Environmental Conditions During Recovery from the End-Permian Extinction: Comparative Analysis of Carbon Isotope Data from China, Japan, and Turkey
Rachelle A. Kernen1, David Follett1, Mitch Nothem1, Mindi Summers2, Ellen Schaal2, Jon Payne2, and Dan Lehrmann1
1Geology, Univeristy of Wisconsin Oshkosh, Oshkosh, WI
2School of Earth Sciences, Stanford University, Stanford, CA
The goal is to use high resolution geochemical and paleonlologic data to evaluate the impact of oceans and atmosphere chemistry change on biologic recovery following the end-Permian mass extinction.
High-resolution sampling from Japan and Turkey reveals a carbon isotope stratigraphy similar to previous studies from South China. Carbon isotope excursions from Japan and Turkey exhibit a similar pattern of high-amplitude excursions beginning at the Permian-Triassic boundary and ending with a large excursion in the earliest Middle Triassic (Anisian). Stabilization of the carbon isotope signal is nearly identical to that described from South China. Differences in magnitudes and number of excursions between Japan, Turkey, and South China can be explained by different stratigraphic completeness or local oceanographic conditions. 87Sr/86Sr data from Turkey and south China are consistent with previous studies in exhibiting a large positive excursion from 0.7068 near the Permian-Triassic boundary to to 0.7082 at the base of the Middle Triassic. Foraminifera size and diversity rapidly increased after carbon-cycle stabilization.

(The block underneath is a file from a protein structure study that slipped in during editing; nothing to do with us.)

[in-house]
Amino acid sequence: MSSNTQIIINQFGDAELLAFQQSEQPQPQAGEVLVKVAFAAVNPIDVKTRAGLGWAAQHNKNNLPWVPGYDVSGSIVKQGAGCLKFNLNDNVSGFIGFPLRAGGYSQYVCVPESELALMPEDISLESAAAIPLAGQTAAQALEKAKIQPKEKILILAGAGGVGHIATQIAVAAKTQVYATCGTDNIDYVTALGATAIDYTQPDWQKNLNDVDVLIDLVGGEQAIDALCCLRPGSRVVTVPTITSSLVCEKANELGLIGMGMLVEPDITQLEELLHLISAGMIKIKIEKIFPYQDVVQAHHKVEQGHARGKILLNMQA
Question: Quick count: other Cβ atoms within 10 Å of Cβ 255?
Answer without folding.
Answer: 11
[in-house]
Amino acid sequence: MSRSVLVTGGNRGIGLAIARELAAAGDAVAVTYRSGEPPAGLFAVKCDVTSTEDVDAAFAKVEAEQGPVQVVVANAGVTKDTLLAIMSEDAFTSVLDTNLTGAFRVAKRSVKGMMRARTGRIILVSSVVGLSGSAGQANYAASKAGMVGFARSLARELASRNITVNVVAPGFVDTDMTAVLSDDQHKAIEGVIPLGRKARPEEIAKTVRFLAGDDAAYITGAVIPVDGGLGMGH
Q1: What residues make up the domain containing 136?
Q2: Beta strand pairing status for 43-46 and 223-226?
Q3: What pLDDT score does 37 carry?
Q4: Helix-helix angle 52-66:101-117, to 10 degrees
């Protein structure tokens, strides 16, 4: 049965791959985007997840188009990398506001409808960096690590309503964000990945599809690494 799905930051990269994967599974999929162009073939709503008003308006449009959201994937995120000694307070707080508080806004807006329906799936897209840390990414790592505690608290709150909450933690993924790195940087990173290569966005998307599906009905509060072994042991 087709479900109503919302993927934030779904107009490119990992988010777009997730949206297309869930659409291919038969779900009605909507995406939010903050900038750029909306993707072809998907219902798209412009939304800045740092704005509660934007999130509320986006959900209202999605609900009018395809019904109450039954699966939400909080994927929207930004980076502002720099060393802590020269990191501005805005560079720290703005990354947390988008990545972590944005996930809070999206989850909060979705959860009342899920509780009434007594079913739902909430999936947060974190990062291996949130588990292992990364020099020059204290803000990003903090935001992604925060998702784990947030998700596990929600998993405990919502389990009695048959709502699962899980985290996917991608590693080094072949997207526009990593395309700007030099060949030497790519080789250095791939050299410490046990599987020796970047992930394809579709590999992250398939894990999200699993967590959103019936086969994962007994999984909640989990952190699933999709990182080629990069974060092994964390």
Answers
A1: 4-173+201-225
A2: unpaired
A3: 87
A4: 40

Carbon isotope excursions can be explained by methane clathrate release or thermogenic methane release associated with Siberian traps volcanism. Our study supports the later hypothesis because methane clathrate regeneration takes place at time scales too extensive to account for these changes. Thermogenic methane release during the Early Triassic drove repeated negative carbon isotope excursions, fueled accelerated silicate weathering on land and delayed biotic recovery through impacts on climate and ocean chemistry. Intervening positive carbon excursions may have been driven by increased oceanic carbon burial driven by pulses of ocean anoxia linked to climate fluctuations or changes in carbon burial in river delta systems.
AAPG Search and Discovery Article #90078©2008 AAPG Annual Convention, San Antonio, Texas